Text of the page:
What can we learn from the 2016 primary elections? This article explains what the winning candidates had in common. I wrote a similar article in 2014.
They don't call it the establishment for nothing Establishment candidates won many races. They have the inside track on fundraising, endorsements, and organization. Notably, several winning conservatives, including Beth Griffin, Tommy Brann, Shane Hernandez, Ben Frederick, and Scott VanSingel had substantial establishment support.
Be the establishment One answer to this is to become the establishment. Shane Hernandez is a former county party chairman. It takes time to build political connections, but it pays off eventually.
Experience counts Elected experience is valuable for winning candidates. Bob Howey, Steve Marino, Julie Alexander, Beth Griffin, Ben Frederick, Roger Hauck, and Curt VanderWall have all been elected to local office.
Incumbency Matters All incumbents won renomination. Beating an incumbent in a primary is very hard. The only times a conservative challenger beat a Republican incumbent in recent years are Tim Walberg in 2006 and Lee Chatfield in 2014. Certainly many incumbents deserve primary challenges, but conservatives have limited resources. Winning an open seat is much easier than beating an incumbent. Politicians can still be held to account when they run for other offices. Tom Casperson, Jason Allen, Tony Forlini, and (to a lesser extent) Phil Pavlov had bad voting records that contributed to losing their congressional bids.
There are still some benefits to primary challenges, though, as they may encourage the incumbent to vote better for awhile and may help the challenger to win an open seat later. John Reilly lost a primary challenge in 2014, but won an open seat this time.
Don't Ignore Life Every candidate who won a Republican primary was endorsed by Michigan Right to Life (either solely or jointly).
Don't split the vote Conservatives did much better this year than in 2014. Only in district 30 did a more conservative candidate likely lose due to vote splitting. Conservatives may have benefited from splits in the establishment in districts 20 and 72.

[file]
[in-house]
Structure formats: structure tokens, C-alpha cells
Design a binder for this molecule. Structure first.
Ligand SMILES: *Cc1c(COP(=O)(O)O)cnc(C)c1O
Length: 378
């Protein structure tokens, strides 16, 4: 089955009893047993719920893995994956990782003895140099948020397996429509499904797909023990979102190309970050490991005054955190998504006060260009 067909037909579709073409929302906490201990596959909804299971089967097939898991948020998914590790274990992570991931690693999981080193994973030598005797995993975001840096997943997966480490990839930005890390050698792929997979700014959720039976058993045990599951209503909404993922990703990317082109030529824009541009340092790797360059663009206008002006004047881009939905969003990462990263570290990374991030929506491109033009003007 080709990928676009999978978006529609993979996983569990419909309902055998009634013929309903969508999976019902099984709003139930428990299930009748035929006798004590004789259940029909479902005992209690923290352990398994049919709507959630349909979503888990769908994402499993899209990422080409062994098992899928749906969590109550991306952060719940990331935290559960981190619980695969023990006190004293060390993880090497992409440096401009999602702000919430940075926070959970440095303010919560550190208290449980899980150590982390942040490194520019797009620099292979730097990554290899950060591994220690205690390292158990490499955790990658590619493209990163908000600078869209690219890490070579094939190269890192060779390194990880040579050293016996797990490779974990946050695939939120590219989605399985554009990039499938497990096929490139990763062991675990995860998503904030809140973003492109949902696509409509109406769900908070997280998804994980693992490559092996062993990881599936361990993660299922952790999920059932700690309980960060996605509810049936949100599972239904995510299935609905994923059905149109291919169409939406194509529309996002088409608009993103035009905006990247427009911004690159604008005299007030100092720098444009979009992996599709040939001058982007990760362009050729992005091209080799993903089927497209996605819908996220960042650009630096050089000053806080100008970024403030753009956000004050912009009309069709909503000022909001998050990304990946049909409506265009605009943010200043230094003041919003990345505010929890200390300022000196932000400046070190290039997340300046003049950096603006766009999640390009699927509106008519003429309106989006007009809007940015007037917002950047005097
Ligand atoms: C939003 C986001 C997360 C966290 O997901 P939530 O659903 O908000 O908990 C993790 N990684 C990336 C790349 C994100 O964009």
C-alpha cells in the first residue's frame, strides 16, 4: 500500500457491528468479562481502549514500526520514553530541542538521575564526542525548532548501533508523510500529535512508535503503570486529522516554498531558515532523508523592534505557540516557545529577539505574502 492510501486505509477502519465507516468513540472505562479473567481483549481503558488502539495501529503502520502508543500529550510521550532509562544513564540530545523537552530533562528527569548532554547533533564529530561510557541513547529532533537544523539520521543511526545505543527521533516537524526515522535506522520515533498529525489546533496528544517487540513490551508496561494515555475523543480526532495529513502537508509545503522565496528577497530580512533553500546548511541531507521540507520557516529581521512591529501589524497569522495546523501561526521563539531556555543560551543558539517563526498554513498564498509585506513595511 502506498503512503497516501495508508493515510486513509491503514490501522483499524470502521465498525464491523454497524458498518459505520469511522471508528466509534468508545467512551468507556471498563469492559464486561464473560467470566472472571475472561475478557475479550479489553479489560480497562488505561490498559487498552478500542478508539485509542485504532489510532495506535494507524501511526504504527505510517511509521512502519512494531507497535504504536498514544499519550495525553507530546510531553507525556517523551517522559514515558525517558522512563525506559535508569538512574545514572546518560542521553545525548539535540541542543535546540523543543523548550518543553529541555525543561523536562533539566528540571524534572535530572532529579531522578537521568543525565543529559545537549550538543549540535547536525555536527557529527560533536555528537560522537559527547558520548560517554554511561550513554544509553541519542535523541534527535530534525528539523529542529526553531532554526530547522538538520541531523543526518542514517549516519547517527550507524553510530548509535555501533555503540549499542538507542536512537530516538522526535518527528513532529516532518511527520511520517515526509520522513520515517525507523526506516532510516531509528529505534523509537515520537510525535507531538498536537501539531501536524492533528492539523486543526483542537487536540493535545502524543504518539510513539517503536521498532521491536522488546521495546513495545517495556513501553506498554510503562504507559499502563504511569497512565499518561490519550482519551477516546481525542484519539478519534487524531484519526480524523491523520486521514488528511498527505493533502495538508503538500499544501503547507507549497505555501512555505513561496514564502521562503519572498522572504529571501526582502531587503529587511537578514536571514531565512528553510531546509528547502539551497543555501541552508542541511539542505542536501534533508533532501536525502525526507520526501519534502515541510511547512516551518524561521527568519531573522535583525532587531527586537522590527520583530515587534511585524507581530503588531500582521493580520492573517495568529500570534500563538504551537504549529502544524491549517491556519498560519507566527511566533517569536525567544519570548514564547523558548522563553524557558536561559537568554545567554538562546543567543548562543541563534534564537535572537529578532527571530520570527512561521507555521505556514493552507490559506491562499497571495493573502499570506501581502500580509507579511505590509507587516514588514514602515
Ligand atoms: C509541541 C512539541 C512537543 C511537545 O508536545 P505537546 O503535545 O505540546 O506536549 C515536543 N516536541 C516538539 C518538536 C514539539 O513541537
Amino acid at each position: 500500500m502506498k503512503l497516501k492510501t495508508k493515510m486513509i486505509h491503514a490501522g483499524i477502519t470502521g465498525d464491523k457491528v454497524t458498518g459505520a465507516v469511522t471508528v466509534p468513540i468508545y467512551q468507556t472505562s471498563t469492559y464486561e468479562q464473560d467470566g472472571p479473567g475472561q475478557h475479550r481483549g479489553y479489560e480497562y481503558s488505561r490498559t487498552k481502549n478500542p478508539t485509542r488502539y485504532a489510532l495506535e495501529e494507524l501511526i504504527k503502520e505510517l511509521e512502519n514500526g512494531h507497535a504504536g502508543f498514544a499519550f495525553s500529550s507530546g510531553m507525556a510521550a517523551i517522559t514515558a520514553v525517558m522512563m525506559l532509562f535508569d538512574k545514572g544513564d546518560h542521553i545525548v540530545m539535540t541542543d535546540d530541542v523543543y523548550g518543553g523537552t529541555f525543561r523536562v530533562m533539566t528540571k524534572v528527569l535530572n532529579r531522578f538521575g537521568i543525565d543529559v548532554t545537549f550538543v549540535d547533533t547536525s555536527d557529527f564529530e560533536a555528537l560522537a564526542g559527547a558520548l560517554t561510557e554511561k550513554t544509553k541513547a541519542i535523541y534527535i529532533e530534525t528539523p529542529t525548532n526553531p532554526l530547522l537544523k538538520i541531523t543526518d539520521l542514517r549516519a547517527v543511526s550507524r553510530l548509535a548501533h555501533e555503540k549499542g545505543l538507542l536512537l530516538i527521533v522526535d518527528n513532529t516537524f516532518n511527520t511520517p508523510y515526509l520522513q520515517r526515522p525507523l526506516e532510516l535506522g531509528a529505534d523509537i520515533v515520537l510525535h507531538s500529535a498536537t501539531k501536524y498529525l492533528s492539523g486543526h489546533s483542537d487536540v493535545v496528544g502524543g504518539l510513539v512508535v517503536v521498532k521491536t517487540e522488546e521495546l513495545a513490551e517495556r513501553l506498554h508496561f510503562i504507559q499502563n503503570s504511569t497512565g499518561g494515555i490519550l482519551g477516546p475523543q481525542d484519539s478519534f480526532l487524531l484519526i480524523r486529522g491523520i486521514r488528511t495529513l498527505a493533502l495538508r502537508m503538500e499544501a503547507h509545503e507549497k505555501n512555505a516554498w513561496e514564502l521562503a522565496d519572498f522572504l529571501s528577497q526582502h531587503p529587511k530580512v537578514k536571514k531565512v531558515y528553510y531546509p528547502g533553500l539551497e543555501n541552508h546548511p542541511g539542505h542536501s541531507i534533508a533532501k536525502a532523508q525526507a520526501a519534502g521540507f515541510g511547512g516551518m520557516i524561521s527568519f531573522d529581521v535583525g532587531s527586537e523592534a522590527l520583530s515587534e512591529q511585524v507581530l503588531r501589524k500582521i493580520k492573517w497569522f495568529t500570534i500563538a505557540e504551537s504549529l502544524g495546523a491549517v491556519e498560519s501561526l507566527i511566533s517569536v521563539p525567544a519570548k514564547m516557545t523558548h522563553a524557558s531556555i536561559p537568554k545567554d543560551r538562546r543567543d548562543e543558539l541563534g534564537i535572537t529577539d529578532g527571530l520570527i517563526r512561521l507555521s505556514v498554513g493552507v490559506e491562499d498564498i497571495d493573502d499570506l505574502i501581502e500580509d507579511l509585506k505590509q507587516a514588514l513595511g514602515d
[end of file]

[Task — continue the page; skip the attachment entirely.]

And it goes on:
Money is essential Money does not guarantee victory, but it is essential to get your message out. This is particularly true in local elections, which are often decided by name recognition. Look at how much winning conservative candidates raised.
Bob Howey 57K
Steve Marino 69K
John Reilly 46K
Julie Alexander 86K
Beth Griffin 81K
Tommy Brann 77K
Shane Hernandez 35K
Ben Frederick 101K
Scott VanSingel 49K
The candidate who raised the most money won in 19 of 26 primaries in open Republican seats (three others were very close seconds). I have written before that the minimum amount needed to be a credible candidate is $30,000. This year, there were three open Republican seats where no Republican raised that much (79, 99, 108), though all those winners were over $20,000. Only two winners raised less than $20,000. Jeff Noble raised 16K, had Tea Party support and the endorsement of Pat Colbeck, and pulled the upset in district 20.
Exceptions are exceptional There is one huge exception to the above points. Steven Johnson, an unemployed 25-year-old military veteran and Christian constitutional conservative won district 72 with 30% in a five candidate field. He raised only 6K (most from him and his parents) yet beat two well-funded candidates and two elected officials. This mirrors Aaron Miller's similarly unlikely win in 2014. So it is possible for a candidate who works hard to catch on with voters without the usual advantages. But it definitely isn't the way to bet, and it shouldn't be an excuse to ignore the usual path to victory.